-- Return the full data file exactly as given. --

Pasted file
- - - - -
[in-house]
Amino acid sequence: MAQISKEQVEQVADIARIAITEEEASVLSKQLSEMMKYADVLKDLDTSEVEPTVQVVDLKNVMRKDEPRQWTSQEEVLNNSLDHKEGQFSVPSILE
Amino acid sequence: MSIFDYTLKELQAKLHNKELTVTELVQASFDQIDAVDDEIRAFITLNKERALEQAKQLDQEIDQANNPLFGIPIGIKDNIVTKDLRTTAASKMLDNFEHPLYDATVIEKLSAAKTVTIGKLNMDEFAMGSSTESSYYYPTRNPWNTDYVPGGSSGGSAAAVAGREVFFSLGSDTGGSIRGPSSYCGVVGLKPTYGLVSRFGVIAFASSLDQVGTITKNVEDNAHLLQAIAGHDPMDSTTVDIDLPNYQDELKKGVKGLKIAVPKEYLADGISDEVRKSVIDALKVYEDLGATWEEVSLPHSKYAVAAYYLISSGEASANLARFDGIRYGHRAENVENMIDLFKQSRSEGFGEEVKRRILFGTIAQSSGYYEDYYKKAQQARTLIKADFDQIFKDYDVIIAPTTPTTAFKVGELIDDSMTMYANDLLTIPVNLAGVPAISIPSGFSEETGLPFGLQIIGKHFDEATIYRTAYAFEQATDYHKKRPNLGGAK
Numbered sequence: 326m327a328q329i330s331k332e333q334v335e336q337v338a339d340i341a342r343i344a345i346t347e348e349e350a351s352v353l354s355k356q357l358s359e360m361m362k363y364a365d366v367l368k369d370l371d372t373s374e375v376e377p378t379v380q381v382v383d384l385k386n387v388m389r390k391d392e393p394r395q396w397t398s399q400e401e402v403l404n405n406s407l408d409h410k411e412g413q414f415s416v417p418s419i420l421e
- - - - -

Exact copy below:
[in-house]
Amino acid sequence: MAQISKEQVEQVADIARIAITEEEASVLSKQLSEMMKYADVLKDLDTSEVEPTVQVVDLKNVMRKDEPRQWTSQEEVLNNSLDHKEGQFSVPSILE
Amino acid sequence: MSIFDYTLKELQAKLHNKELTVTELVQASFDQIDAVDDEIRAFITLNKERALEQAKQLDQEIDQANNPLFGIPIGIKDNIVTKDLRTTAASKMLDNFEHPLYDATVIEKLSAAKTVTIGKLNMDEFAMGSSTESSYYYPTRNPWNTDYVPGGSSGGSAAAVAGREVFFSLGSDTGGSIRGPSSYCGVVGLKPTYGLVSRFGVIAFASSLDQVGTITKNVEDNAHLLQAIAGHDPMDSTTVDIDLPNYQDELKKGVKGLKIAVPKEYLADGISDEVRKSVIDALKVYEDLGATWEEVSLPHSKYAVAAYYLISSGEASANLARFDGIRYGHRAENVENMIDLFKQSRSEGFGEEVKRRILFGTIAQSSGYYEDYYKKAQQARTLIKADFDQIFKDYDVIIAPTTPTTAFKVGELIDDSMTMYANDLLTIPVNLAGVPAISIPSGFSEETGLPFGLQIIGKHFDEATIYRTAYAFEQATDYHKKRPNLGGAK
Numbered sequence: 326m327a328q329i330s331k332e333q334v335e336q337v338a339d340i341a342r343i344a345i346t347e348e349e350a351s352v353l354s355k356q357l358s359e360m361m362k363y364a365d366v367l368k369d370l371d372t373s374e375v376e377p378t379v380q381v382v383d384l385k386n387v388m389r390k391d392e393p394r395q396w397t398s399q400e401e402v403l404n405n406s407l408d409h410k411e412g413q414f415s416v417p418s419i420l421e